Bret: Can I tell you about my first concert ever? Let me just take it on a different direction for one minute. Foghat and The Sweet 1978 Love Is Like Oxygen tour. That is the day that I knew I had to be a rock star. The girl I took to the show immediately wanted to fuck the singer in the band. I knew I was shit outta luck unless I immediately became a singer. I wasn't even able to drive to the concert, I was like 15. Foghat and Sweet was one of the best concerts that I have ever seen. Since then I have seen Foghat with Blue Oyster Cult and they ended up becoming one of my all time favorite bands! You said you were a guitar player, which I already knew, but you said on the Foghat level and I am thinking, "I like Foghat. That sounds like a good thing."
Jeb: I love Foghat but there is pentatonic 12 bar blues and then there is some of that shit that your guitar players is pulling off!
Bret: I understand (laughter).
Jeb: What I was saying is that it has been great to watch you guys come through it all and remain together. I can only imagine what it must have been like at your level. The mess we made with drugs on bar band level was bad enough. The fact that you have all lived through it is amazing. To see C.C. get clean and change his life is just awesome. He is just great and he seems to be just as crazy as ever!
Bret: Ever since I met C.C. he was a heavy duty partier. Even when I first met him. He never much slowed down so when he finally collapsed in the mid to early 90's until when he found himself again -- you know this from getting yourself sober--you have to be the one to hit rock bottom. All the people in the world can tell you about it but you have to hit it yourself before you will fix yourself. I was convinced it was the drugs that were making him mentally insane but all you have to do is travel with us for a short period of time to realize that he is really twisted. When he got sober he was almost weirder! I thought it was the drugs but it wasn't (laughter)!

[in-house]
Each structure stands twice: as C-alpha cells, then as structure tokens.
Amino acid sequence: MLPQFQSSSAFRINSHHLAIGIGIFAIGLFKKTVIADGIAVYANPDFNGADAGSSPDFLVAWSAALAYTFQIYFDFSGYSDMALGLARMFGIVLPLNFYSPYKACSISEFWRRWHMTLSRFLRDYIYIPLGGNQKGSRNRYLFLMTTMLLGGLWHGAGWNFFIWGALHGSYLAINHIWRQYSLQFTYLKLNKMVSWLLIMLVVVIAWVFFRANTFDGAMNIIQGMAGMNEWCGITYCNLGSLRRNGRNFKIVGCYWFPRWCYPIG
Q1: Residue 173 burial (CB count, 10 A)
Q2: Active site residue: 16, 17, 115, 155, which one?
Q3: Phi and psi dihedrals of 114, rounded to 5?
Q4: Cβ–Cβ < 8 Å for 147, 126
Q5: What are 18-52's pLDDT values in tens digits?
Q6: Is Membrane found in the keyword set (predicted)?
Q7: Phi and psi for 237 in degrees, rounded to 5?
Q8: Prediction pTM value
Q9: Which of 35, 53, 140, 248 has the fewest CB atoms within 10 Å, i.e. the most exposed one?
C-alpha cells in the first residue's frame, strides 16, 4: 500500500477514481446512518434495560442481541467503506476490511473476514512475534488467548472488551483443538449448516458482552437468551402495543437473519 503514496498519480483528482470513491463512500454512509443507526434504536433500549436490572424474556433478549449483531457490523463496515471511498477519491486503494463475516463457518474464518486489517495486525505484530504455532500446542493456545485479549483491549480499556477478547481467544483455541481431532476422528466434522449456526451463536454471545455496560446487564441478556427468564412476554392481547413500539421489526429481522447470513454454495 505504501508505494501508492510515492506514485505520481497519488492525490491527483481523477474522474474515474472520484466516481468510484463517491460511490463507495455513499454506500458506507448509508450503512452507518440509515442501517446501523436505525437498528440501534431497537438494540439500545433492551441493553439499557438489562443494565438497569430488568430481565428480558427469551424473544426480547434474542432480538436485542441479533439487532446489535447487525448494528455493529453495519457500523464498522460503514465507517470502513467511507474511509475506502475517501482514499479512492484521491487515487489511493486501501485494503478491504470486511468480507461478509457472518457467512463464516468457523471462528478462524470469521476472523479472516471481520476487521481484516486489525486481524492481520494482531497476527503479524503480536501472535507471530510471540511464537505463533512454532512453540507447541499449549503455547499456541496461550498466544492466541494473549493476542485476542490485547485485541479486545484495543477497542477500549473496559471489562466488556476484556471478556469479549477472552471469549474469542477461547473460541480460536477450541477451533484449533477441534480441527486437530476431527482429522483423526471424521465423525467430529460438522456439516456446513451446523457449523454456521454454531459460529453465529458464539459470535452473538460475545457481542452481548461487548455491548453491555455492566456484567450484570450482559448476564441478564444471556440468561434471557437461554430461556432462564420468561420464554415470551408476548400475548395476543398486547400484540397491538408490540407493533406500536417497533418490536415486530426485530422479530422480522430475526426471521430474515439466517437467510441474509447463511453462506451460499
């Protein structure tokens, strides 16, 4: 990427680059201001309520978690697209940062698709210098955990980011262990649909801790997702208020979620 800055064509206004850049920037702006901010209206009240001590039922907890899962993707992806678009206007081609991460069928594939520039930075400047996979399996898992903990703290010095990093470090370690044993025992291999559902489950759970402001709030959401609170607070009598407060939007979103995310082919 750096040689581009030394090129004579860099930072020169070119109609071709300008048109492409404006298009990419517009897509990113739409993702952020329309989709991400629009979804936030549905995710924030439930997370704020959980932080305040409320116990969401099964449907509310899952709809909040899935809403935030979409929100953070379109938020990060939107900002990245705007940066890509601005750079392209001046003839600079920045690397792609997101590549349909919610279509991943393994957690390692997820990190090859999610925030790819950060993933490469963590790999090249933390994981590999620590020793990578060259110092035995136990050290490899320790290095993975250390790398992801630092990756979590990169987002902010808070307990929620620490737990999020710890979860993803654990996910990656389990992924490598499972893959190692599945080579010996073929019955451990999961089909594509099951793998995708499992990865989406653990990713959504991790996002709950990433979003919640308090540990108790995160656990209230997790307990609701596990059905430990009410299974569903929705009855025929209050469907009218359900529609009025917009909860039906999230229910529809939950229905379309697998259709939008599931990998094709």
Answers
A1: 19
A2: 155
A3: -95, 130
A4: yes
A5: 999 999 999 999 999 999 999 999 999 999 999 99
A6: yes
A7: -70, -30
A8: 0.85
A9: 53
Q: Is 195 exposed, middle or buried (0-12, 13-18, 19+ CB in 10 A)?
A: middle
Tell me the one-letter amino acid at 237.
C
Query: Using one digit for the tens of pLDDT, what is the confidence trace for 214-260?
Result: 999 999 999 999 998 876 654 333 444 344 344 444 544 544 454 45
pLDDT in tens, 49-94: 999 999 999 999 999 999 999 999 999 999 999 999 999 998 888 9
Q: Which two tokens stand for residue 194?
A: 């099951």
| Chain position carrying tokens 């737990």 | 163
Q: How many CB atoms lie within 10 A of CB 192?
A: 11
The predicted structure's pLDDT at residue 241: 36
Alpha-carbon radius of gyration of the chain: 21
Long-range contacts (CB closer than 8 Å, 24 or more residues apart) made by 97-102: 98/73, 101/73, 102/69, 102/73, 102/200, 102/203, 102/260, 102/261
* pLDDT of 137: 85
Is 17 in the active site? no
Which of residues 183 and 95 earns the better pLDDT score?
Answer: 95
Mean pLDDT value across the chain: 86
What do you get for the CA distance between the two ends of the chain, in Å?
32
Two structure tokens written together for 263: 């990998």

Jeb: When he wore that poster board sign that said $2 for a handshake...!
Bret: (laughing) He looked like he was one of the guys in a breadline. Oh my God! Here is the sick thing-- in his mind he probably meant it. Everyone else was laughing but he was probably serious! Everything else aside, C.C. is a great guitar player. For me to be able to hear some of the things he writes and some of the things that he plays is really a big thrill.
Jeb: What is the writing arrangement?
Bret: Here is how I do it: I walk in an whip out the guitar and play a riff. Then C.C. goes, "Wait a minute! I have something." We have to transpose everything because we play a half step down from standard tuning. It all is really just a train wreck that works. Sometimes I will come in and have a whole song done. There is a song on the new album called "Front To Back" that is sort of my collaboration. Everyone adds to it. We go around and say stuff like "What if we add this" or "I will sing this here." We just add stuff and everyone kind of pitches in. For the most part, I do the lyrics and we all pitch in on the music.
Jeb: Are you really from Harrisburg, PA?
Bret: I can take it one bureau smaller. We are from Mechanicsburg, Pennsylvania. Put it this way, Harrisburg was the big city that I went to. I was originally born in Pittsburgh, PA but my Dad was in the Navy and he got transferred to the Inland Naval Depot in Mechanicsville. It was a pretty wild experience. I met Rikki in Mechanicsburg. Bobby was originally from Florida and he moved to Wormleysburg. It just keeps getting smaller and smaller.
Jeb: How do you end up from there to being one of the hottest bands in LA?